Body Count by Shaun Hutson
|Body Count by Shaun Hutson|
|Reviewer: John Lloyd|
|Summary: A tough London copper finds investigating a realm of internet snuff movies is more dangerous than he thought in this latest bloodbath, from an ever-dependable writer.|
|Buy? Maybe||Borrow? Yes|
|Pages: 304||Date: October 2009|
There is a certain edge to the prologue to this latest Shaun Hutson. Is it a futuristic slasher, or a sci-fi slasher, an otherworldly fantasy slasher? You'll see the connection among my suggestions – this is a Shaun Hutson book, after all, and we can expect no let-up in the gore and carnage over the few hundred pages to follow.
The edge turns out to be the fact we are witnessing a snuff movie being made, from the viewpoint of the victim. The artificiality of the setting is the only thing that rings false, however, as throughout his career it seems Hutson has a knack for turning anything from modern life into a horror novel, and imbuing it all with some strong sense of reality.
On the other hand, this does feature yet another of his hardboiled policemen, DI Joe Chapman. He's typical for Hutson, a gritty, no-nonsense copper who snaps and rasps his dialogue just as often as he says it. He has troubles of his own in his homelife, including a runaway teenage daughter to find, but I'll only say the way he gets to come closer involved in investigating the snuff movie operation could only be Hutson.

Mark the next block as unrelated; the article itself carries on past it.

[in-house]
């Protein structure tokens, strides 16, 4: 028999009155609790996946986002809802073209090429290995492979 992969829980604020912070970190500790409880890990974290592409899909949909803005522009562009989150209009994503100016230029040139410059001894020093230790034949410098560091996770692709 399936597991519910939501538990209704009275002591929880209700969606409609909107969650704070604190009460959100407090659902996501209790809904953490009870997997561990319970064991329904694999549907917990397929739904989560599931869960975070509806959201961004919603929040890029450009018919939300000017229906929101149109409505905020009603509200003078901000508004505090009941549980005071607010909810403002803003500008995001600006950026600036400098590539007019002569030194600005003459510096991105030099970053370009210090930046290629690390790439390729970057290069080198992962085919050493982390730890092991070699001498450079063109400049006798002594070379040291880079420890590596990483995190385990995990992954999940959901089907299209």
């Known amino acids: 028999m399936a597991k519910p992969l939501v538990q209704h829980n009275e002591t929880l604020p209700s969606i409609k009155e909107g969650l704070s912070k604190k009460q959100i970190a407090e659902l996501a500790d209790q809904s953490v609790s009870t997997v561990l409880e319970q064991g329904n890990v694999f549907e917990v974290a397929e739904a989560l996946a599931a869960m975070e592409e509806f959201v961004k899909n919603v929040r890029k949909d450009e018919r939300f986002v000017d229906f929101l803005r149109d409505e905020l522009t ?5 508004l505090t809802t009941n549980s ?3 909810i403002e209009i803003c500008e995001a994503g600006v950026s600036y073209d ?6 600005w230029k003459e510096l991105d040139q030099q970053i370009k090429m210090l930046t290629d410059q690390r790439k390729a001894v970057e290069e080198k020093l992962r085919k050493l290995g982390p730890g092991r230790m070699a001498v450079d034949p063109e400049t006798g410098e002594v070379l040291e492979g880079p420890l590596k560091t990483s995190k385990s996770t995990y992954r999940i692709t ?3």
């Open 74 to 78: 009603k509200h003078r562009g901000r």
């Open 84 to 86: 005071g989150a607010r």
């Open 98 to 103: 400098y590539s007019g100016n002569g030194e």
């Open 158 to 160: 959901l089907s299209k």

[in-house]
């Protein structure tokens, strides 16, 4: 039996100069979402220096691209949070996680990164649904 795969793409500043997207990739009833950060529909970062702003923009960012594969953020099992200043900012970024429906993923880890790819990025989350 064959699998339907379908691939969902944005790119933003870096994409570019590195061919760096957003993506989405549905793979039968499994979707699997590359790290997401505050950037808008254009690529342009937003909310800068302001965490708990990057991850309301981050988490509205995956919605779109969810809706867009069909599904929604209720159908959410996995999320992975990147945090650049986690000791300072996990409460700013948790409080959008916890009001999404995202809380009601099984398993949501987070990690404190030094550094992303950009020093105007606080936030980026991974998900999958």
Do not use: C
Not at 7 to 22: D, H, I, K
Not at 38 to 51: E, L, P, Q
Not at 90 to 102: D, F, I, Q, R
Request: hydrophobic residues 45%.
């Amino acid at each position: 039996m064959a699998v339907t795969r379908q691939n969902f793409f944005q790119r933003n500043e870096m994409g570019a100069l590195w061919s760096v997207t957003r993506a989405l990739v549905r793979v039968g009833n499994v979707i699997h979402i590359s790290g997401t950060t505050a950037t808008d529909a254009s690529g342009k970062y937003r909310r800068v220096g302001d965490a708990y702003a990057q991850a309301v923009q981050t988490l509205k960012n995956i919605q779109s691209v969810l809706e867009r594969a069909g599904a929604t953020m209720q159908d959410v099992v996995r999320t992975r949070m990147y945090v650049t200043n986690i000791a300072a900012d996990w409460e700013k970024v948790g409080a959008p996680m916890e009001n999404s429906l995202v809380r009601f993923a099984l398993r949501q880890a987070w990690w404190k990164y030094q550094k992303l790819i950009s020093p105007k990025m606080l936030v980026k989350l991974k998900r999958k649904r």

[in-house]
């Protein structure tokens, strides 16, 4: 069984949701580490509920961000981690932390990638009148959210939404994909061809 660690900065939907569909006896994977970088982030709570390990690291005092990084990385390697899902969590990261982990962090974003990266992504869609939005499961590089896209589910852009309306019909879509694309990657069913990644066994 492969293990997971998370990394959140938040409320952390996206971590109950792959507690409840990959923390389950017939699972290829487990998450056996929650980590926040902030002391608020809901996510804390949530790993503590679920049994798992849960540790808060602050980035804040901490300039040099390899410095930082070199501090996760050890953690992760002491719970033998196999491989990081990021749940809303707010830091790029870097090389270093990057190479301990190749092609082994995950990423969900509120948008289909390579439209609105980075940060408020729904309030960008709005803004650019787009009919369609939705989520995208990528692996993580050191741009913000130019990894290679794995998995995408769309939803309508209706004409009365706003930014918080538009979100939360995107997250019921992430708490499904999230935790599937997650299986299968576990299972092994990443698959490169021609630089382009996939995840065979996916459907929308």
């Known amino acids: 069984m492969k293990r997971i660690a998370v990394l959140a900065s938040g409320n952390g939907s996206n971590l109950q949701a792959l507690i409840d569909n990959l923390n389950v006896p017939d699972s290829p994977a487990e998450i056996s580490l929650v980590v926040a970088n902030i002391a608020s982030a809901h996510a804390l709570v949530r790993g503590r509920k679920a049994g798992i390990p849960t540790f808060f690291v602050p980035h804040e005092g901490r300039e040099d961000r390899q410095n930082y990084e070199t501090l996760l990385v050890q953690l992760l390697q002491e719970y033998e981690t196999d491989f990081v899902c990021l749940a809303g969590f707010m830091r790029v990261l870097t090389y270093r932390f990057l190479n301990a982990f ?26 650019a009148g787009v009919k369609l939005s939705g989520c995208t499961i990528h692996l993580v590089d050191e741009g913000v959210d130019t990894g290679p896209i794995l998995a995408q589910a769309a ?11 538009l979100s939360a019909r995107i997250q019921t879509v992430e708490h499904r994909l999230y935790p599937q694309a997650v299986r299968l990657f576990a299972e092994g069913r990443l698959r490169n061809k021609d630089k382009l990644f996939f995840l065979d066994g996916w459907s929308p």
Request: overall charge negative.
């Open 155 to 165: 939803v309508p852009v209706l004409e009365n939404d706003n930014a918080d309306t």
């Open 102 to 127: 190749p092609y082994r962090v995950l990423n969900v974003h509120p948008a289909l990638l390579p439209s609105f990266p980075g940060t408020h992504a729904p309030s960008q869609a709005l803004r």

And yet while it's unexpected, it still comes with the customary ring of logic and truth about it. Even when slashing his way through his cast-list of what some might think as unlikely and/or right-wing characters, Hutson never demands a great suspension of belief. (There are minor ones, however – a storeroom door that seems to open inwards, a car left in a fake crusher's yard with a tank of fuel still in it…) It's a very dark place Hutson takes us to, and therefore for a select fanbase, and while I wouldn't turn to his books on a regular basis in search of entertainment, I do have to admire his craft.
For those fans, who are already either urging me to have a life, or end it, for giving this book just four stars, this then is the snuff movie/revenge one. But to draw the book back to the basics thusly is to disguise the fact it is still a distinguished read, even considering the output of a genre writer like Hutson. He still has a page-turning quality, helped of course by the longest chapter covering seven full sides of large print, and maintains a strong narrative.
He remains a reliable writer. He'll never turn off his Iron Maiden CDs in order to write a pink and fluffy romance with lots of puss-cats. You'll never count on his hero or heroine to live to the last page, and he'll never be employed by the tourist board of wherever he sets his books (London, again, here).
And there will be copious people turned off this book by one of a number of things – the necessarily punchy and abrupt dialogue being the basis for much of the characterisation, the overarching darkness of the setting, both literally and figuratively, the small factor of the unlikely caused by having such a rich antagonist, and of course the quantity of claret pouring from copious wounds.
It's to a select few only, then, that this book can be recommended, but I see no problem in doing so. I found the last two Hutson books a bit uneven, patchy and just plain dodgy in some aspects, but this dark, straightforward action piece I think serves his skills better. I would like to thank Orbit for sending the Bookbag a review copy.
Our favourite British horror book at the Bookbag remains something completely different to the above – Angel Fire by Chris Blythe and Steven Parkhouse.
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